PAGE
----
Asked and Answered: Visualizing Rating Data

This blog post is part of a series called Asked and Answered, about writing great survey questions and visualizing the results with high impact graphs. Dr. Sheila B. Robinson is authoring the Asked series, on writing great questions. Dr. Stephanie Evergreen is authoring the Answered series, on data visualization. View the Asked counterpart to this post on Dr. Robinson’s website.

When we ask people to rate something, it is usually on a numbered scale, though sometimes that scale will have word associations, like “Strongly Agree.”

A common, simple way to visualize this sort of data is with a column chart.

However, a regular column chart does not quickly communicate that we are talking about 100% of our survey respondents. So people like to stack the data together – making stacked bars.

Stacked Bars *seem* like a good idea – we show 100%, we can fit more questions and data into a similar amount of space – advantages, right? Except that stacked bars are difficult for people to read. How well can you compare the values of the orange segments? Not so much.

If you are going to use stacked bars, make some helpful formatting tweaks, like smarter color coding and an order from greatest to least.

Better, right? But what will these same tweaks work when we have many more response options, like when our scales run 0-10?

Working with shades of two colors is possible when we only have 4 response options but we’ll end up with too many shades and colors here. And while order may help us interpret the 0 data, it won’t boost the readability of this chart very much. (And please don’t @ me re: net promoter. If you are getting stuck on the metric, yer missin the point, friend. See Sheila B Robinson’s blog for a perspective on the use of net promoter survey questions.)

Really, it’s hard for anyone to distinguish between a 4 and a 5 on a 0-10 scale, so let’s assign the same color to multiple response options, like this:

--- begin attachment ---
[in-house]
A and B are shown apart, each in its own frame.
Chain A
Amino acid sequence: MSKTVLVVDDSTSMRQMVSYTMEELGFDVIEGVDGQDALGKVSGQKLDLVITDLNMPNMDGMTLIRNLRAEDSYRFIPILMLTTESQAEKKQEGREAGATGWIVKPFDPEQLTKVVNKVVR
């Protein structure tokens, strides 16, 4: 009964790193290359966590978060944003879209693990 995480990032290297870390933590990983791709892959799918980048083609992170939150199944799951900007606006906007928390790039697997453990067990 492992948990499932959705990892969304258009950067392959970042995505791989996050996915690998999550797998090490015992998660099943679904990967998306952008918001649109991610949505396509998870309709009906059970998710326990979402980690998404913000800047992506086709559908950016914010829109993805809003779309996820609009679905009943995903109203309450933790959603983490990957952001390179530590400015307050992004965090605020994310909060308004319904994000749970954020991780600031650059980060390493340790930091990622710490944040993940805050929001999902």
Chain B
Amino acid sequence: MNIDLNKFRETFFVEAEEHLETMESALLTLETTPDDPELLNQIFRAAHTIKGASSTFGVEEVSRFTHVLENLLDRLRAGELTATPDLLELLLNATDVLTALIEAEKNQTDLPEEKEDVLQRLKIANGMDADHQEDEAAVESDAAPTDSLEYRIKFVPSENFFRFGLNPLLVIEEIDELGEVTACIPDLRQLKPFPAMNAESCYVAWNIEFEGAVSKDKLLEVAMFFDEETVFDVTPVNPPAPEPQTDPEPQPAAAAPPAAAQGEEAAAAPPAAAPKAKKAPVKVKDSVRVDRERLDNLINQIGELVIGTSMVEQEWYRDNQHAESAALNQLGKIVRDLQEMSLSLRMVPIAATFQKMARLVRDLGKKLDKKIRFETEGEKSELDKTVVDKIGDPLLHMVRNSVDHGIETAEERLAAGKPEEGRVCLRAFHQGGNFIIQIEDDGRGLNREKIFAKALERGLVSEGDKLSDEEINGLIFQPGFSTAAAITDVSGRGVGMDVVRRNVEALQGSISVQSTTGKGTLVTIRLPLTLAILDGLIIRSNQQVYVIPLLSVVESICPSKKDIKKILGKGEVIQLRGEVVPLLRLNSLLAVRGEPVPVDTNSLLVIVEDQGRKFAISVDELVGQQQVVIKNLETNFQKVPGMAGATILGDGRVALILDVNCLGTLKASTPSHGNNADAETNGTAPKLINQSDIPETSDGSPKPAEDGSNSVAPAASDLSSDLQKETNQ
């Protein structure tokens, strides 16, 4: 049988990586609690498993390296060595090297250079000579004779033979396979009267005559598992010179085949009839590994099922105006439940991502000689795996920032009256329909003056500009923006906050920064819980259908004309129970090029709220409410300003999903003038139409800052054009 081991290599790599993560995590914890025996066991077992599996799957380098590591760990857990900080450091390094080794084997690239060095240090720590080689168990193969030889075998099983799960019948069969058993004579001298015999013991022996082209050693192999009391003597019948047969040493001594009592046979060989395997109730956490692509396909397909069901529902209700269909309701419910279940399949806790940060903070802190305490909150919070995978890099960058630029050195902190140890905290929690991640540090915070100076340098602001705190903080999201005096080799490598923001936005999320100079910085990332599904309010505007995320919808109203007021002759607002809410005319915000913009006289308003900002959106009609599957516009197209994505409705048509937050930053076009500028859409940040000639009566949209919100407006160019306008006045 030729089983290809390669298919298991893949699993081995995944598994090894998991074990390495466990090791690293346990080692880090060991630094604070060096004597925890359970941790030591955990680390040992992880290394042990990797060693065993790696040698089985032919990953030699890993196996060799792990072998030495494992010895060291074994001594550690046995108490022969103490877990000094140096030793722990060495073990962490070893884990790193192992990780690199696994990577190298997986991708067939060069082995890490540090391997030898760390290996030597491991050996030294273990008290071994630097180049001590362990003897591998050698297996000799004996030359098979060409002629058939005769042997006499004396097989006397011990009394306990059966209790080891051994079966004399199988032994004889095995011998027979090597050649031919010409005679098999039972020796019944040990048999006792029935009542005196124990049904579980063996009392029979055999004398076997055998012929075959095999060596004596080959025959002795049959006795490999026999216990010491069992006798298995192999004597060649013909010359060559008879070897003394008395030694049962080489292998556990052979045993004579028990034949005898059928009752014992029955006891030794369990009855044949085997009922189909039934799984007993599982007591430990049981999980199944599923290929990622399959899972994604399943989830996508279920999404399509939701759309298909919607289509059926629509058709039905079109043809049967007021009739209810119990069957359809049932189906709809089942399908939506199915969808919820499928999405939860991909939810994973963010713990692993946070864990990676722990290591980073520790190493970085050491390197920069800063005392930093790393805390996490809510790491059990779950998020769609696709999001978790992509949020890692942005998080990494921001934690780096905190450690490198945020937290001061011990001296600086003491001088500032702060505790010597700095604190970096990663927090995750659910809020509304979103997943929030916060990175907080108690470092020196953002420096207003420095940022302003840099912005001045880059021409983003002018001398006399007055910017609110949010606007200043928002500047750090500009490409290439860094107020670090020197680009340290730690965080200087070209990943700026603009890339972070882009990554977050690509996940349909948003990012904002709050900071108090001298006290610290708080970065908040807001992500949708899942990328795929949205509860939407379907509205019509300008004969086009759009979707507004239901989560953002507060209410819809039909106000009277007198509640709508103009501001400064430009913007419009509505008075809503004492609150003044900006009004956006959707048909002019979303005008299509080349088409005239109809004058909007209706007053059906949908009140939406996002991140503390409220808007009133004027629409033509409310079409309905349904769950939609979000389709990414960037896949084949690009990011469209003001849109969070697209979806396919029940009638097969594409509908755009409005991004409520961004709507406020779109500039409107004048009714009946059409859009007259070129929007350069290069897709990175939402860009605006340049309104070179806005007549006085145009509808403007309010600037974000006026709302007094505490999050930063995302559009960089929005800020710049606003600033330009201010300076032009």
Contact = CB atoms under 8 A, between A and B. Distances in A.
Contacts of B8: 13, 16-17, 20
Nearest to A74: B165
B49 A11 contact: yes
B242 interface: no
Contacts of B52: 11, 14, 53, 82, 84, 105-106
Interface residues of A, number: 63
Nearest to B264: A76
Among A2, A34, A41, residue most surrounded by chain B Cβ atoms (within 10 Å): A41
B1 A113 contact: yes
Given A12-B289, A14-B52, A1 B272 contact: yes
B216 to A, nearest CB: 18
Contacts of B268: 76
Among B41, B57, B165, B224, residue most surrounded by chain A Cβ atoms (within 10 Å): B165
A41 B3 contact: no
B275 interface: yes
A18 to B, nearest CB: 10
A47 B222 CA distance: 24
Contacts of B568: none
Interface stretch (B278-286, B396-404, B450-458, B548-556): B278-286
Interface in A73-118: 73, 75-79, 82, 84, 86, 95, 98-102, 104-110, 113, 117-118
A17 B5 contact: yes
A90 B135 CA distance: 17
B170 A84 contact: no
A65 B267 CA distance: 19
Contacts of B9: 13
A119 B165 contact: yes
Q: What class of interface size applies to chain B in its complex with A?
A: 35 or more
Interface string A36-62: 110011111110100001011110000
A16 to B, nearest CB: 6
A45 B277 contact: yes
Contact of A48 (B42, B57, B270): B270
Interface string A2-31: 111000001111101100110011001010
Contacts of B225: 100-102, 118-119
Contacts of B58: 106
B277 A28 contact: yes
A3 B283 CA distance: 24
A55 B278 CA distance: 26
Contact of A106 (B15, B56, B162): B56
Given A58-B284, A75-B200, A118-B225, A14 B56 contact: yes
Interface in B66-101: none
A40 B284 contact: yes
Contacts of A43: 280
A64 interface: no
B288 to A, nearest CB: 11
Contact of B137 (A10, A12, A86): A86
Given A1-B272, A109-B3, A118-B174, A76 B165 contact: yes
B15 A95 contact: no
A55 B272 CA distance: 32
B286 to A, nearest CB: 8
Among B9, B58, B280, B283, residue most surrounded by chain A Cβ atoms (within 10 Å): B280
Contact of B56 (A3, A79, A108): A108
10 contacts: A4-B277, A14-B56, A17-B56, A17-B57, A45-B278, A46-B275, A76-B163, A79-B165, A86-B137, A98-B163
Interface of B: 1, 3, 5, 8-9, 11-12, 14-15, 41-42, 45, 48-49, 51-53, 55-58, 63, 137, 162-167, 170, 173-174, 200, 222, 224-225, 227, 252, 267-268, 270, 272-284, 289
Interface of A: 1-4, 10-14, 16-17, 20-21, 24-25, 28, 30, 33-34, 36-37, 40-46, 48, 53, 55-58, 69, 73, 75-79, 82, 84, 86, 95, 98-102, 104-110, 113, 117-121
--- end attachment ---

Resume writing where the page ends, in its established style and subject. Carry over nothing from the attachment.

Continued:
And if we’ve gone this far, we might as well aggregate all categories within one color so that there are fewer segment breaks and legend entries.

Fewer segments in the stacked bar makes order more meaningful, too. Now we can see some stories emerging in this data. If we wanted to highlight certain aspects of this story, we could consider only adding an action color to a single segment.

A single color on a different sort order tells yet another story.

In my past couple of examples, I used red to indicate the not-so-great stuff, blue to indicate the great stuff, and gray to mark the neutral or the passive. But when interpreting this data, you might tell a different story – one that identifies the passive crowd as a place to focus some outreach efforts. In which case, passive isn’t neutral.

If so, you wouldn’t want to hide it in gray. And you’d probably want to look at every group in its own sunshine, comparing values for each. When that’s the case, use a small multiple bar chart with action colors on each segment.

We see yet more stories when we recast the data this way.

Of course, you could selectively group two or more response options and position them against the others, in a diverging stacked bar.

This time we sorted by the sum of passive and detractor, where one more story pops out.

Of course, rating scales can always be boiled down to a single number or otherwise essentialized. If you want to keep all of the data in your visual, these are some strong options.

Wondering what to do with neutral? That’s coming in its very own blog post, but you can pick up some hints here, for sure.

In the other posts in our Asked and Answered series, we’ll provide options for Check All That Apply, Ranking Data, and Demographics. See you soon.

We go into way more detail on these topics in our books. Dr. Sheila B. Robinson is co-author of Designing Quality Survey Questions. Dr. Stephanie Evergreen wrote Effective Data Visualization.

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